In reality , most of the money coming out of CETVs is being invested in SIPPS which are likely to become destitute of good management over time. This is the awful prospect facing those who pay for advice on the cheap and accept the twaddle that charges don’t matter.

By ignoring these harsh realities, Ros and the FCA and the Treasury are allowing the conditions to spread that have led to the carnage in the nineties, have pension victims in the  high court today, and will doubtless lead to countless disappointed retirees in decades to come.


When doing nothing pays

There is another way of managing people’s money. It does not involve taking a CETV, it doesn’t even involve looking at a CETV, it simply involves people taking a scheme pension for the rest of their lives.

Instead of listening to scaremongering about BHS and Tata, people with defined benefits could ask their Trustees for a clear statement about the likelihood of their scheme paying benefits in full. They might even ask the Trustees for its most recent employer covenant assessment – or at least the edited highlights without confidentialities broken.

They would almost certainly find that their Trustees are well advised, that the scheme is either in surplus or has a proper deficit recovery plan and they may even find themselves being asked to become a trustee.

Instead of the provocative calls to actions from the scammers (which echo the blogs that Ros writes) people could see how much care and attention is paid to the management of the schemes from which they will get paid their pension. Far from being the greedy beneficiaries of your money, most trustees are unpaid and are acting out of a sense of duty. Those professional trustees who are paid are extremely accountable.

As for the FCA’s paper, it is an exercise in irrelevance. Everything in that paper is rehearsing what good advisers already know and do. Meanwhile scoundrels are doing untold damage and the FCA and tPR seem powerless to do much about it.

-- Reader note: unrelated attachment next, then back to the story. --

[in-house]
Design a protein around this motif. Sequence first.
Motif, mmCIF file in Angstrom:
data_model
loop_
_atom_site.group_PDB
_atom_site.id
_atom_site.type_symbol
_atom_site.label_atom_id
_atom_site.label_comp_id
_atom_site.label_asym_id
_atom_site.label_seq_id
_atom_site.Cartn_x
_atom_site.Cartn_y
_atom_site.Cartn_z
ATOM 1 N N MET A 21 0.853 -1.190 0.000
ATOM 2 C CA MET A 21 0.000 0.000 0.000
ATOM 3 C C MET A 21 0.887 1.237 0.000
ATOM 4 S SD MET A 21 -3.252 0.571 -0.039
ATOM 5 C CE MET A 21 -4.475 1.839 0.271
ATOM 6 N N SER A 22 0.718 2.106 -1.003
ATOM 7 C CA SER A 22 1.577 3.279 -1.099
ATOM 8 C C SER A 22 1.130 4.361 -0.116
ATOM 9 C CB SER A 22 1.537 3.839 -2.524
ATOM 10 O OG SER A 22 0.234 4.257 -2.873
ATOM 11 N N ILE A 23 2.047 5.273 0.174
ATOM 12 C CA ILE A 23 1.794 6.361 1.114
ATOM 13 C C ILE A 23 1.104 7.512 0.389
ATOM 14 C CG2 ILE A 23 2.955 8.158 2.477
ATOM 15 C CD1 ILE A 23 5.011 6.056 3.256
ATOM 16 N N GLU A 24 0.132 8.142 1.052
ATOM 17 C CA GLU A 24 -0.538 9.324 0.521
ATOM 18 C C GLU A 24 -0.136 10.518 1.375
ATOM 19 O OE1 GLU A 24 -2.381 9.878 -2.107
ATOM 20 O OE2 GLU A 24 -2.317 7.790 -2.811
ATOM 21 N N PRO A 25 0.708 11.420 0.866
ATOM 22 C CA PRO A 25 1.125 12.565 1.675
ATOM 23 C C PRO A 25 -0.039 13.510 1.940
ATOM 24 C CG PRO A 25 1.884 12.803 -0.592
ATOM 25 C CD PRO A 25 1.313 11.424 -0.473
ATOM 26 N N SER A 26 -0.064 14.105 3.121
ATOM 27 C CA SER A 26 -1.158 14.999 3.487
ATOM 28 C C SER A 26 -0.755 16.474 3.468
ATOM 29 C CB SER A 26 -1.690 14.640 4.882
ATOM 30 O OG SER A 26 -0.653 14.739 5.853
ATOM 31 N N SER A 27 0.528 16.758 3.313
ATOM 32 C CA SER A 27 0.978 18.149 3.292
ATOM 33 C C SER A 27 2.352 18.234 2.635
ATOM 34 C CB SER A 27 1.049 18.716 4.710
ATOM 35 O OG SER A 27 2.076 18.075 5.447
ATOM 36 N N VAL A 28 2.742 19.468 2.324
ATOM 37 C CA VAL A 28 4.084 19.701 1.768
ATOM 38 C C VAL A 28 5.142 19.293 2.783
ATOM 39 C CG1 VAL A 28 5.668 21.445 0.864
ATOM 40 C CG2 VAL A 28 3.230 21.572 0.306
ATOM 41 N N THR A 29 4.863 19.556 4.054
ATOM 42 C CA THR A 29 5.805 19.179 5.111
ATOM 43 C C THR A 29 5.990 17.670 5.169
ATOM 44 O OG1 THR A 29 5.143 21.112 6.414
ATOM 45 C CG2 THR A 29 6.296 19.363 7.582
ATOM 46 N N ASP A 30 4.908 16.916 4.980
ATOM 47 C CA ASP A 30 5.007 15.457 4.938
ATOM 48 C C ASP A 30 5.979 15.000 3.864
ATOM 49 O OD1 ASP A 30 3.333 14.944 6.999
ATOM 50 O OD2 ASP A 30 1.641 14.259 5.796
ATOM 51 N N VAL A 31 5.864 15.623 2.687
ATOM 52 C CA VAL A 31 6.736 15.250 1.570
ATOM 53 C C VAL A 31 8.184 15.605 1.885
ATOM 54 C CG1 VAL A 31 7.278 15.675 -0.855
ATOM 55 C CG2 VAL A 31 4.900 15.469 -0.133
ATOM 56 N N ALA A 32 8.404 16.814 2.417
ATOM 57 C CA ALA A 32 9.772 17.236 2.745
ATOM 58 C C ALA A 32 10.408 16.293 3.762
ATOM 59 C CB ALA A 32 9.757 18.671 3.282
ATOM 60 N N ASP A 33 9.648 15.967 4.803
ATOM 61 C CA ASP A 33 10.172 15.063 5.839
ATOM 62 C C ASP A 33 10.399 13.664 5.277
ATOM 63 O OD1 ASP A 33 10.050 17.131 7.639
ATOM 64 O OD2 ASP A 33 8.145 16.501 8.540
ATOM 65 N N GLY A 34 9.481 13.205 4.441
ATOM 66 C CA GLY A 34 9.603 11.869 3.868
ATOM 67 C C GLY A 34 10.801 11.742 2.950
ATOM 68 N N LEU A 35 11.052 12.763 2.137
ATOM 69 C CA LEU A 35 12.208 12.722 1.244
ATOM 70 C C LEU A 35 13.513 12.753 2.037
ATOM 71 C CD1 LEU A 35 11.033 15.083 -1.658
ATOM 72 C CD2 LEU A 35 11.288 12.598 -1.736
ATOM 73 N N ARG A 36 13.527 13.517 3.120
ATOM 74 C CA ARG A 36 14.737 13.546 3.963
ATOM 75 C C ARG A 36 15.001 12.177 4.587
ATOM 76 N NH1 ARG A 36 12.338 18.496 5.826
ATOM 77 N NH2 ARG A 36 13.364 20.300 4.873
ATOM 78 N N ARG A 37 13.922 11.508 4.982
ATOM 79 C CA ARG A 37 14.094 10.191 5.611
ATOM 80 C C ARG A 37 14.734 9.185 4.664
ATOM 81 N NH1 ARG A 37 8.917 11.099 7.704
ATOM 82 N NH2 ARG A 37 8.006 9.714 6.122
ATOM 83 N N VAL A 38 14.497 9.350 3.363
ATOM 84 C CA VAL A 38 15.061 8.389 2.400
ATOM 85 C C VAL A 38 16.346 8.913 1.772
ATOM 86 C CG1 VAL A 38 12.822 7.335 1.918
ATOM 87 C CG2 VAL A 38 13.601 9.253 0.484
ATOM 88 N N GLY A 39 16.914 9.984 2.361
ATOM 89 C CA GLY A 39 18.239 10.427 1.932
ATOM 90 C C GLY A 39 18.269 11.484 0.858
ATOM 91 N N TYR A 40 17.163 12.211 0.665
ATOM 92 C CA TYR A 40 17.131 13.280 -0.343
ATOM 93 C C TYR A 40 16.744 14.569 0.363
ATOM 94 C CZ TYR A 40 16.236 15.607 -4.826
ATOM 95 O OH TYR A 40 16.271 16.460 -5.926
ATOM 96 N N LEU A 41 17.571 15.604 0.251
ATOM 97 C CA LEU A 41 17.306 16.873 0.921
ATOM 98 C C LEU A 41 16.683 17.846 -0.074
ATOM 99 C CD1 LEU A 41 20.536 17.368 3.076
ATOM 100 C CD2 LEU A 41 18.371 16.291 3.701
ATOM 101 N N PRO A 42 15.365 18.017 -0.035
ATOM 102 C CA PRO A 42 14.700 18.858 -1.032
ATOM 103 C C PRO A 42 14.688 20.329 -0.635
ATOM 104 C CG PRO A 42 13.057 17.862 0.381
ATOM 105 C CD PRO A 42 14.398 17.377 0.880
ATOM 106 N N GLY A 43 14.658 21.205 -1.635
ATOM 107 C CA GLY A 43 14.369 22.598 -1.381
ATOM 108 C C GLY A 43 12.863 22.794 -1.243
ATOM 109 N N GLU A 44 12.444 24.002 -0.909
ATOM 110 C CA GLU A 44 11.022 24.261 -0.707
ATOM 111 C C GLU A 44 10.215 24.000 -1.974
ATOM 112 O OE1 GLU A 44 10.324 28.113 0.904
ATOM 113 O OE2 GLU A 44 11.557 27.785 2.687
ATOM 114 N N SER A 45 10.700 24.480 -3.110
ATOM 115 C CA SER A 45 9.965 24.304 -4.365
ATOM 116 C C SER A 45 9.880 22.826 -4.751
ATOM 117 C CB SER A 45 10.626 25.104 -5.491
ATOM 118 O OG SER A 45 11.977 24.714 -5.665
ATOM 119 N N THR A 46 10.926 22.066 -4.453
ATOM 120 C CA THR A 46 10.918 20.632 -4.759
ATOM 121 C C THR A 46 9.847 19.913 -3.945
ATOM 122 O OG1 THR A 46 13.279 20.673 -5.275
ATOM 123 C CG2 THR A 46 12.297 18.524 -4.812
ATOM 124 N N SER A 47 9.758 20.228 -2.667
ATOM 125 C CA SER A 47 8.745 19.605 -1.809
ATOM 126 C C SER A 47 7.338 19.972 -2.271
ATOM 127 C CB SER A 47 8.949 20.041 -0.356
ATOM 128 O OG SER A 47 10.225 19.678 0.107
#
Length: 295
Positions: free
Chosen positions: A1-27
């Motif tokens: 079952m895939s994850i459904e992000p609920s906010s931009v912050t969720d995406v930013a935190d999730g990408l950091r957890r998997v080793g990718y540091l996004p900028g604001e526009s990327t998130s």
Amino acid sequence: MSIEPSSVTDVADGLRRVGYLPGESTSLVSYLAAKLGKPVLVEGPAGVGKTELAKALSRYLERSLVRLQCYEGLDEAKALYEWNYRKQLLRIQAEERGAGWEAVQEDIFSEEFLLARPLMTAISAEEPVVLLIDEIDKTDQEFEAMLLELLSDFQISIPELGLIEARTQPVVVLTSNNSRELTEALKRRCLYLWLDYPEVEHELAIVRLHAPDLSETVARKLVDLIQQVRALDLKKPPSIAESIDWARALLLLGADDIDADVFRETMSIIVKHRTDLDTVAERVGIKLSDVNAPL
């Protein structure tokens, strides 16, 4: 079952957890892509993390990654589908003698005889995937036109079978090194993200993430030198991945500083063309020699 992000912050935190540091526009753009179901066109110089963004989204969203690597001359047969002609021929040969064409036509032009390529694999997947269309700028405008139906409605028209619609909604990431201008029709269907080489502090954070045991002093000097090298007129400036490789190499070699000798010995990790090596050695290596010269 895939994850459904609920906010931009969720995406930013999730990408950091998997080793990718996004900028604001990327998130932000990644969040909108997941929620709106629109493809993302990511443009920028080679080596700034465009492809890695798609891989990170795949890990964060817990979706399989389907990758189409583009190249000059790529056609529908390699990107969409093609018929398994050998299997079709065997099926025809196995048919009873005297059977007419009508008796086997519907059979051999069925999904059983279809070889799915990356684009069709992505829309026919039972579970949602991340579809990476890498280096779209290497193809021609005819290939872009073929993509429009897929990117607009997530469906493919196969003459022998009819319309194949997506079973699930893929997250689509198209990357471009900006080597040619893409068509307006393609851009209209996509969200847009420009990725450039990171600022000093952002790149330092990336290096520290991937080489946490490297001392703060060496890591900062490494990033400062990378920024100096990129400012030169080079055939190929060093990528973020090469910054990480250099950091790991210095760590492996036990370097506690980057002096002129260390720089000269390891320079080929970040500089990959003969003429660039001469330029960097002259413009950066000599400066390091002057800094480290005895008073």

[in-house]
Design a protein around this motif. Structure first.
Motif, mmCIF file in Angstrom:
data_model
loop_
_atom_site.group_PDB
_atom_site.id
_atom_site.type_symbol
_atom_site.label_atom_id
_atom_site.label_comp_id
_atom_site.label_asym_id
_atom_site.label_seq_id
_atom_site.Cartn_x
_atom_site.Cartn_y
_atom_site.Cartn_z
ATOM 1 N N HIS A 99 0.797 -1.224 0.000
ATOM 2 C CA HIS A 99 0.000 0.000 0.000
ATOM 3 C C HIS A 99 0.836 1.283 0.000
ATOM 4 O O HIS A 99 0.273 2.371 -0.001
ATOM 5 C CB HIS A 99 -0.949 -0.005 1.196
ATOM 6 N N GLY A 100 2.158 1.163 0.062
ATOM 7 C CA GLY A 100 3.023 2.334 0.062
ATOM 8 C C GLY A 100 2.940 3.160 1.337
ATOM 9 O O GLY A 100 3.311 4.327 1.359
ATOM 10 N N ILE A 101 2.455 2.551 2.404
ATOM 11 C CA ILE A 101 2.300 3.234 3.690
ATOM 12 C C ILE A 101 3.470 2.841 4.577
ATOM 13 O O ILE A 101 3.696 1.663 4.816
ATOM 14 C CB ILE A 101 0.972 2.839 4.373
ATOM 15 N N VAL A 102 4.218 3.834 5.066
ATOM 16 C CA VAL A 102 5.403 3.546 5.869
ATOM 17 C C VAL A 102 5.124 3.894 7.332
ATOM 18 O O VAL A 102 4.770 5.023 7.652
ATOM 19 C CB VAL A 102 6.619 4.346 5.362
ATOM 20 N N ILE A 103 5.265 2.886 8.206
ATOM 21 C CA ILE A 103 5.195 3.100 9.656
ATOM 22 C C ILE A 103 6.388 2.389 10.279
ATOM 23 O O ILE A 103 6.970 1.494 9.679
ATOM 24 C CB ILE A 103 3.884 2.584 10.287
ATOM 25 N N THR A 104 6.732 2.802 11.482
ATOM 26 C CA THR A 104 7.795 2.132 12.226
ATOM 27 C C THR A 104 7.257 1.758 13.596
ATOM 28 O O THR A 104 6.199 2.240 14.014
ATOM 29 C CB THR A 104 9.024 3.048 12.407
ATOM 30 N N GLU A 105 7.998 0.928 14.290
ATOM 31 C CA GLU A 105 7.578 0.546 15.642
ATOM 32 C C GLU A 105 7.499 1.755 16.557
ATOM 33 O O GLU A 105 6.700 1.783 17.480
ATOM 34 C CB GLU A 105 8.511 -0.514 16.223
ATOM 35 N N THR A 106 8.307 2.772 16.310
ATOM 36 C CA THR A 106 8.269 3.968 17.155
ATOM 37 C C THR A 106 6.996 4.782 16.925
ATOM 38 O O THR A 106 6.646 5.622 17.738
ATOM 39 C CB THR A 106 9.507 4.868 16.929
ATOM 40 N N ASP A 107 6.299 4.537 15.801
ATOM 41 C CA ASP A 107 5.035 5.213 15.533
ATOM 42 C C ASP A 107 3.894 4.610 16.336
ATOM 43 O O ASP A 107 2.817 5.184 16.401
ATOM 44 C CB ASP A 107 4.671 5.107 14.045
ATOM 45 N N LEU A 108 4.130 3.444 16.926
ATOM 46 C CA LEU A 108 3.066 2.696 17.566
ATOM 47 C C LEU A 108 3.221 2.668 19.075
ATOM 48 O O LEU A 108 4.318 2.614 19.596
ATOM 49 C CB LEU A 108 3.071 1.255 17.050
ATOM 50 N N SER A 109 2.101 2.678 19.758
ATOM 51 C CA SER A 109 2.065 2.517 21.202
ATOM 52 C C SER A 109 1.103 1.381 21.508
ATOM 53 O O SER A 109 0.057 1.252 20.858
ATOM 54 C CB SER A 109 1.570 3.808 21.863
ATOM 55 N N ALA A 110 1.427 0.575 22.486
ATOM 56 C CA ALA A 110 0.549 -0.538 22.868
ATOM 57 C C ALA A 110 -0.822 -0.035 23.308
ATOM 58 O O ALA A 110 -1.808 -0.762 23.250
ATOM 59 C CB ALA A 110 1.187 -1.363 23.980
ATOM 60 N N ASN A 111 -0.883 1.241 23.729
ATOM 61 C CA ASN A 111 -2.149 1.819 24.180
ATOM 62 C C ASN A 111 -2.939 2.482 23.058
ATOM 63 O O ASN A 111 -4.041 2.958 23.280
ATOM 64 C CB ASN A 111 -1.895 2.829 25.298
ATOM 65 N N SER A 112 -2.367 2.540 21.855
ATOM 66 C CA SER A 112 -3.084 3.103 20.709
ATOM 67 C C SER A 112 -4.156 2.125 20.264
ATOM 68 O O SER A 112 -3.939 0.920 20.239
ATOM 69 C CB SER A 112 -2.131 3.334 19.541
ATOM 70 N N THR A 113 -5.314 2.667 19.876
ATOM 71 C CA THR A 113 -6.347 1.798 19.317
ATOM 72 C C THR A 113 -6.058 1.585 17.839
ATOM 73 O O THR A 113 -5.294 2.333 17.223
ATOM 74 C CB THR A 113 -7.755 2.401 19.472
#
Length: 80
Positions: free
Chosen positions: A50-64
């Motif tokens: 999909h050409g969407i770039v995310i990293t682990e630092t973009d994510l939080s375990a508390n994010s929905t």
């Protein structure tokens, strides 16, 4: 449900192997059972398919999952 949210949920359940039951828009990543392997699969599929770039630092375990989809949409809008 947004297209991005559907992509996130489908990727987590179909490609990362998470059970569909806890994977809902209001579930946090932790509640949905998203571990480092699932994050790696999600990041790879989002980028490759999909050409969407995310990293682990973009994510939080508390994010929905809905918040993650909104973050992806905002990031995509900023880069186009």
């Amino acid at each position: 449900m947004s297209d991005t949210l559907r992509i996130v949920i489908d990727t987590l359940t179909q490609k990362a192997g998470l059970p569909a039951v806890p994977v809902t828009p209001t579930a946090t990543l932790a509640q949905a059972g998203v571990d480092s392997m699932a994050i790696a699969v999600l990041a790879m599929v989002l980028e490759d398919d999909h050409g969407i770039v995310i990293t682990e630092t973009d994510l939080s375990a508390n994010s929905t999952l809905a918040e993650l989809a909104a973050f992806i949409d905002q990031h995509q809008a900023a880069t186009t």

Another opportunity missed.

Posted in pensions | 3 Comments

A single guidance service


messi

The simple idea of merging the functions of The Pension Advisory Service, Money Advice Service and Pensions Wise under a single “Guidance” banner makes a lot of sense. It acknowledges that the current situation is working too well and supposes that a reorganised super-service could do a lot better.

Earlier this year, the DWP released its Christian Ronaldo, Charles Counsell from auto-enrolment duties to take over at the Money Advice Service.

Charles-Counsell-180x180.jpg

Charles Counsell

 

Charles is an organiser, someone who gets things done very well, he has done a great job (and got a gong) for fixing auto-enrolment, now he looks set to do the same with guidance.

Charles’ masculine virtues as a fixer are complimented by TPAS’ Michelle Cracknell, who has transformed TPAS on next to no budget through a different intelligence. If Counsell is Ronaldo, she is the instinctively brilliant Messi!

In many ways this should compliment Counsell’s , the fear is there may only be one space at the top.

How and who the re-organisation of guidance is achieved, we will find out over the next twelve months, but I am comfortable that with Counsell and Cracknell at the helm, this will happen and that we will see a new simple service that the public will use.


How will it be used?

The current approach is reactive. Guidance is given to people at the point when retirement becomes real, when they have to start taking decisions on accumulated savings and pension rights.

At the Great Pension Transfer Debate, Cracknell told the audience her vision was that good savings practice needed to be instilled in the young and that they could educate their parents. It’s an interesting thought and one I have never heard articulated in that way.